1. Forget the stereotypes and prejudices about foreign cultures
When we travel to a different country we often arrive with prejudices and expectations. You might be aware of some stereotypes which cause you putting everyone in the same box. Be aware of those prejudices but don’t be blind and judge anyone in advance.
Do not judge locals based on their appearance, religion or traditions. Approach locals with a positive attitude and you will be more successful as if you would judge them.
2. Be polite to locals
It is always good to be respectful and polite to others. Even though if you don’t speak the language, politeness and positive attitude is appreciated worldwide. Next time you will get upset because of some cultural differences, think twice before you respond.
3. Learn the local language
If you plan to live in a different country, you should learn at least the basics of the spoken language. The English language is often perceived as the world language, however, in many countries, local’s won’t understand if you speak English. It’s often much harder to connect with locals without trying to speak their language.
For example, in Montreal city, speaking English would surely help, but if you know a few basic French sentences, the locals will appreciate the efforts.
4. Approach locals in the foreign country
If you want to become a part of the community and adapt to the foreign culture, you need to connect with locals. You can connect with locals at work, at school, in sports groups, public events or even meetups. You might face some resistance in the beginning. Often you might face resistance, particularly when you are new in the community. Locals notice when you show up at their events regularly and eventually you will get accepted.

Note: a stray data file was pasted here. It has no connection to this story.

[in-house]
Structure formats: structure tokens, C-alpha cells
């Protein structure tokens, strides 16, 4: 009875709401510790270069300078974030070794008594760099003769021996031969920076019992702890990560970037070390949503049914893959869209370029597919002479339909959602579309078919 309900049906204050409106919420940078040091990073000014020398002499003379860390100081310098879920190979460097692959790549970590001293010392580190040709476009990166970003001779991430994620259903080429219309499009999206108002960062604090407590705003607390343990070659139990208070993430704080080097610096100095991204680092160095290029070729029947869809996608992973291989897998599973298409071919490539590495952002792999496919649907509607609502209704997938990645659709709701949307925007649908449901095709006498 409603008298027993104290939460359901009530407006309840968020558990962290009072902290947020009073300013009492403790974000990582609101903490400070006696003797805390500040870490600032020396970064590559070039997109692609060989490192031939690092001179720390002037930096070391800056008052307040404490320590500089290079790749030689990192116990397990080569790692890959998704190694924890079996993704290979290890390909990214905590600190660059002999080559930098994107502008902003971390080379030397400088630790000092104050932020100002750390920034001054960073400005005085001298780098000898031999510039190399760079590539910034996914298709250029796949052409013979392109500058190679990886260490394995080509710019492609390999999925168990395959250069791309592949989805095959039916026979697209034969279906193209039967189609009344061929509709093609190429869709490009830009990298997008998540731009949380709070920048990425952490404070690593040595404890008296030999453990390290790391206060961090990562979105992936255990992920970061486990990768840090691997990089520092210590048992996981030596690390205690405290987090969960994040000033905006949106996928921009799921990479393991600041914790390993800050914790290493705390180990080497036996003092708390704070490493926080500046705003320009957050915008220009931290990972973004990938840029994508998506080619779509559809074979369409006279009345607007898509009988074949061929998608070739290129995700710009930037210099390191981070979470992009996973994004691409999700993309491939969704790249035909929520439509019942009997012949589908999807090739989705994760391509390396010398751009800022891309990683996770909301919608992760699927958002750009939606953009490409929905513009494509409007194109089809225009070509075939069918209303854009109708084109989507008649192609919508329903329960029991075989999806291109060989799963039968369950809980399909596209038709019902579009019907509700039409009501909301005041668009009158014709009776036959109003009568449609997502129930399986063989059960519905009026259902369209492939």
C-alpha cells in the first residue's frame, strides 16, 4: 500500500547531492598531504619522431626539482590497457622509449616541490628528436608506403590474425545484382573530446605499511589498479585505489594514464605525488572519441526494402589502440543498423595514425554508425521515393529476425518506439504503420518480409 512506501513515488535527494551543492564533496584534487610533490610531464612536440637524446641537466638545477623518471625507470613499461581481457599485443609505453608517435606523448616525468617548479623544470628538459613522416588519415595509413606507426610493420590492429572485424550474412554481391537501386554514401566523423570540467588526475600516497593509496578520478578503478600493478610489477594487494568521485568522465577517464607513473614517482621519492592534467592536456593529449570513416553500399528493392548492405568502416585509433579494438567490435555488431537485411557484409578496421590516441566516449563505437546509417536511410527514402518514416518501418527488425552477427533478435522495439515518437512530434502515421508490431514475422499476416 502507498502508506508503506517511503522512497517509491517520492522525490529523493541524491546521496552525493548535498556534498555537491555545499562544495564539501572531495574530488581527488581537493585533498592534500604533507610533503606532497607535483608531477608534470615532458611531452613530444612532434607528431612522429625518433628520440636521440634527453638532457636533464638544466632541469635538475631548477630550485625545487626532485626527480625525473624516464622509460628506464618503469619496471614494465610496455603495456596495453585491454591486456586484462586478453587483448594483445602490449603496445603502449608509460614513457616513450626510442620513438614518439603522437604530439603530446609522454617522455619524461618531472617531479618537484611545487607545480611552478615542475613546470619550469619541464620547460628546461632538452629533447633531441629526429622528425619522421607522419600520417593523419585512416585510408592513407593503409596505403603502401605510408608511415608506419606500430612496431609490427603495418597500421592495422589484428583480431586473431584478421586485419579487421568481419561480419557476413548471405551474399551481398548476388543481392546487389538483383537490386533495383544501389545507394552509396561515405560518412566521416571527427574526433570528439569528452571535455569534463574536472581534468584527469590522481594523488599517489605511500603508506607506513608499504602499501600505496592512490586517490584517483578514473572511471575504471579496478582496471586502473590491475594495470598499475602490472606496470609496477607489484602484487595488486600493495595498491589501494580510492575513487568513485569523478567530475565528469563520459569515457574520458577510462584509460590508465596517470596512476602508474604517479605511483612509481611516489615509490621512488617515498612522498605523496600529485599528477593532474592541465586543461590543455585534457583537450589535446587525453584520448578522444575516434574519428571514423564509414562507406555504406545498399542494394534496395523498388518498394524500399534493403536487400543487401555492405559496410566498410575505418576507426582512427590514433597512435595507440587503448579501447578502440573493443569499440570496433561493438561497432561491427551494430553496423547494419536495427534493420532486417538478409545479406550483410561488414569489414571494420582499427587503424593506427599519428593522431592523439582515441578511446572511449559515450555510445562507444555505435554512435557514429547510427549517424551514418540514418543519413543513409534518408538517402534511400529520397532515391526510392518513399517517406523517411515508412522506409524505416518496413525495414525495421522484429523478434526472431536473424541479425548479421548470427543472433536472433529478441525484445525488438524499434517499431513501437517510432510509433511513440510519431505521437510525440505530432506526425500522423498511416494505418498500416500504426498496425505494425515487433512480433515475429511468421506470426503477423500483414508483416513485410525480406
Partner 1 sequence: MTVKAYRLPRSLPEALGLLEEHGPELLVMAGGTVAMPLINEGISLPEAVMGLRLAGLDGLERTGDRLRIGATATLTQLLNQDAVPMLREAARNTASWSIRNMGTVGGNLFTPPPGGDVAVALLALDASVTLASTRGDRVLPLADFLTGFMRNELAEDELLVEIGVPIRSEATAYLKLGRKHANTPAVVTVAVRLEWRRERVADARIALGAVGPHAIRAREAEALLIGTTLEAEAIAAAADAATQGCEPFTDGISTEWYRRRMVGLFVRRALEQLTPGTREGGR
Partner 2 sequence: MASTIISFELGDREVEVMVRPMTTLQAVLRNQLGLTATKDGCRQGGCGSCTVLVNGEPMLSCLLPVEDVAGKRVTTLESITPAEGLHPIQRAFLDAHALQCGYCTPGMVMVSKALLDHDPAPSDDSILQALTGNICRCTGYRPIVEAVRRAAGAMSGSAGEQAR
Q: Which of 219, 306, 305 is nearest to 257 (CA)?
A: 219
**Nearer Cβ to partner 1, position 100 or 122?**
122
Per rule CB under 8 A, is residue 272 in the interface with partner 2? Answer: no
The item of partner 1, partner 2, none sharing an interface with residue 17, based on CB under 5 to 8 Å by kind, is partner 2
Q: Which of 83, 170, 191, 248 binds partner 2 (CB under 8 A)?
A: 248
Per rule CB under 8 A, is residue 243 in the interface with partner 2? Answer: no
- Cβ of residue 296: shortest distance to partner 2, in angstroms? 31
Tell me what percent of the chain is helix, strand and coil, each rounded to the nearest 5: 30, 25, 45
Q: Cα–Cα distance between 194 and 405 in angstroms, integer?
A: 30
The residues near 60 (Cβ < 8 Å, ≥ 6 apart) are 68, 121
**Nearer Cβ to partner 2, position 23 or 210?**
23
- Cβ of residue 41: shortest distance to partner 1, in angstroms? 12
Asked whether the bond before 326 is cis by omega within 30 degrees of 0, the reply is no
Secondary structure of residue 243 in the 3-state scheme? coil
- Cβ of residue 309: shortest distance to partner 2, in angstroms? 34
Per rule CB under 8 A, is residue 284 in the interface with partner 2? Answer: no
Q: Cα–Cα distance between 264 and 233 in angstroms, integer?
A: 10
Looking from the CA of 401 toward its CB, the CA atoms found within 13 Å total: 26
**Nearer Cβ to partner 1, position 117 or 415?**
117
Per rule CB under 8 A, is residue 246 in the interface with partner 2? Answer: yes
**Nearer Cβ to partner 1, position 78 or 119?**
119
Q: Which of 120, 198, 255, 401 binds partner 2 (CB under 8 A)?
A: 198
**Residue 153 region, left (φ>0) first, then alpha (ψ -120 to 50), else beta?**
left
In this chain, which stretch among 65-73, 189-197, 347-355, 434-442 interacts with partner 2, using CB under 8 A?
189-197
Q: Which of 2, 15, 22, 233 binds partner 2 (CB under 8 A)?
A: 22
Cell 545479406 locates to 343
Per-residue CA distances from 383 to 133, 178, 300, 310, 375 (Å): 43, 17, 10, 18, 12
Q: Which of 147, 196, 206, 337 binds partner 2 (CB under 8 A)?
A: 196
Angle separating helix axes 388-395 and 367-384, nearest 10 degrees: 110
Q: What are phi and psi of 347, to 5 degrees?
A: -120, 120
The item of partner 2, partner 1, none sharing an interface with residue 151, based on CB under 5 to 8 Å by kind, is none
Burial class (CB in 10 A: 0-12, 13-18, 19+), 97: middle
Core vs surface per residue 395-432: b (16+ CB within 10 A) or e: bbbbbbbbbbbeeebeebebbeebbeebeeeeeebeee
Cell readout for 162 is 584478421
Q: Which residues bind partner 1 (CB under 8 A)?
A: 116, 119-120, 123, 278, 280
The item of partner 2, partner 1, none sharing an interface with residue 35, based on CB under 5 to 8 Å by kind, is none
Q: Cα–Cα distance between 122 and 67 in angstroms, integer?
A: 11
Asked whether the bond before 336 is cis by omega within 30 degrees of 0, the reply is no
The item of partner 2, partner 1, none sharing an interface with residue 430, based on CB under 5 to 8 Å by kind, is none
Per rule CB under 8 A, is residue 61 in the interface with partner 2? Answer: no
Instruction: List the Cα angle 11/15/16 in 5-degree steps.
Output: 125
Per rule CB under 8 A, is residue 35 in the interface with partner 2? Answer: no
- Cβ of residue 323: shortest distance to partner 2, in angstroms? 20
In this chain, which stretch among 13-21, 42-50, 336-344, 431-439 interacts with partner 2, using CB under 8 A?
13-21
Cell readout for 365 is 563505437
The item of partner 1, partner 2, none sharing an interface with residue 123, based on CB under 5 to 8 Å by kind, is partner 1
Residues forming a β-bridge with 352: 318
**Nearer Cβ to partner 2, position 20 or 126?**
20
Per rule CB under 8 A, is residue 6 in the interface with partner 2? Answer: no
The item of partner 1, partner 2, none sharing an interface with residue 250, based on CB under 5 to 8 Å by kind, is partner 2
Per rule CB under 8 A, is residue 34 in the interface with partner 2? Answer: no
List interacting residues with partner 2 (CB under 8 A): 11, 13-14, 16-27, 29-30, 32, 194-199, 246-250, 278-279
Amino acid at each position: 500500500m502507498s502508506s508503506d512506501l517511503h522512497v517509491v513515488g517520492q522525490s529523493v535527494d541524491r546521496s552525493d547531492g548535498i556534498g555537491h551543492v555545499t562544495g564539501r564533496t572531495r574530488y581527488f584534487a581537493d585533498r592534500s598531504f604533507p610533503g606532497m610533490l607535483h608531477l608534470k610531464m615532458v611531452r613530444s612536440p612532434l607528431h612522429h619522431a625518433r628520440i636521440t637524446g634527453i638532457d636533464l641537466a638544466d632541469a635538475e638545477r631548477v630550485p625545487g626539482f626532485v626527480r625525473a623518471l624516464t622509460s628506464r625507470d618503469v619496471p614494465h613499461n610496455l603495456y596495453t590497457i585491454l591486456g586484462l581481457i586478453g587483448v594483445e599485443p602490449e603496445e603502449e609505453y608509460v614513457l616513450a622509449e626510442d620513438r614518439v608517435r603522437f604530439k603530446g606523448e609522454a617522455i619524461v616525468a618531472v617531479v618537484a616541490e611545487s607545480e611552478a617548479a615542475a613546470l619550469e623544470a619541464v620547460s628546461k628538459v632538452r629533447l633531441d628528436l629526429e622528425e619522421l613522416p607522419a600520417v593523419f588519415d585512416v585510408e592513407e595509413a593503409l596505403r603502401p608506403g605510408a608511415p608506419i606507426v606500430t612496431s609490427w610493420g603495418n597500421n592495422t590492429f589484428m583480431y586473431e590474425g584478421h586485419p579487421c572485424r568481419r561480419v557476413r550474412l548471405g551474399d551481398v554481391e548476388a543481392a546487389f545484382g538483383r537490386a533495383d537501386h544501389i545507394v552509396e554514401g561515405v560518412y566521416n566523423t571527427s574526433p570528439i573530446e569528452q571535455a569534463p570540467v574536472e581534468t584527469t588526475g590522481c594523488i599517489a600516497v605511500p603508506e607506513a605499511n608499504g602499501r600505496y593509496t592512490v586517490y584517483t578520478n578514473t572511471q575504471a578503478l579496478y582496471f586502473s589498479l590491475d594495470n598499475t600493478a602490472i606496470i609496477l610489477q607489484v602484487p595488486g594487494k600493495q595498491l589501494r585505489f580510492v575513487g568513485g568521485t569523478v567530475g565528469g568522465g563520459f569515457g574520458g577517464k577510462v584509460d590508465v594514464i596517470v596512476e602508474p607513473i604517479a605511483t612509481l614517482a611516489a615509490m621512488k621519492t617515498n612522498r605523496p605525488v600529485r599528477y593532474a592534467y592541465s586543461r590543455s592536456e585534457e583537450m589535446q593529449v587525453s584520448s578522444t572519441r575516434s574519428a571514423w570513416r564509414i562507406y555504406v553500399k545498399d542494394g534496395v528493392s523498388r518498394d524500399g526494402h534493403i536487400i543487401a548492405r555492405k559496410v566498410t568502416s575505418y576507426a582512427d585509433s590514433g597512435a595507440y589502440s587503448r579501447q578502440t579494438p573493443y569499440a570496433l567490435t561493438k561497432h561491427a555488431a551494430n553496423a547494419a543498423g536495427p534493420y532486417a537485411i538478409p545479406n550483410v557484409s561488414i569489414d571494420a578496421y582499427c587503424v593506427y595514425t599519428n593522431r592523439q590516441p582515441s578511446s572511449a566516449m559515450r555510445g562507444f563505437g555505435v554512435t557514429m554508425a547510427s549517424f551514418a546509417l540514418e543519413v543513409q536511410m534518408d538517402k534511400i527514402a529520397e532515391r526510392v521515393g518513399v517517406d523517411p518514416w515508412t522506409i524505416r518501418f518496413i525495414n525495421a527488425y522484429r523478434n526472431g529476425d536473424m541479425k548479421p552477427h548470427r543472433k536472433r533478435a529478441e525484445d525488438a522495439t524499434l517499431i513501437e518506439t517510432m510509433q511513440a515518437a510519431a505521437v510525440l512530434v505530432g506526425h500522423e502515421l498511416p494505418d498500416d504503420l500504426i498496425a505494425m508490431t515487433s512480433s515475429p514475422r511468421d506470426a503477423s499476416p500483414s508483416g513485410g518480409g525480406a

5. Respect the local culture
As an expat, visitor or traveler showing respect shows your humanity and understanding towards the local culture. If you plan to visit a famous cathedral in the town, be sure to follow the dress code, in some countries, women have to be partly covered. This is just one of many ways that show your respect. In some countries, you might face tough situations, poverty, dirt, different political system. Be aware of that and don’t express your opinions in a rude manner that could offend the locals.
6. Don’t give up and make the best of your cultural exchange
Moving to another country without knowing anyone is tough. Apart from the initial excitement, you will need to find accommodation, work, friends. It is not always easy, particularly if you struggle with the local language. You might meet many people who want to live at your expense, that’s why you should be able to communicate and have some idea how things work out in the country. The initial excitement and curiosity might easily turn into a culture shock and later into the depression, that’s when you need to stay focused and positive minded. At the end of the day, you have made the choice to move to a foreign country. Remember why you have taken this decision. If you make mistakes, learn from it and move on.
Final thoughts on culture shocks
The aspect of cultural adaptation is nowadays an important topic due to the continuous population migration, globalization, and international education. People move to other countries to gain work or study experience, improve their living standard or simply explore the country and expand their horizons. Sadly, many of those don’t recognize the importance of various cultural values which are crucial for your successful acculturation. Use the information in this article to overcome the 5 stages of a culture shock and improve your experience abroad. Read more about my travel experience in my travel blog.
How are you dealing with a culture shock? Leave a comment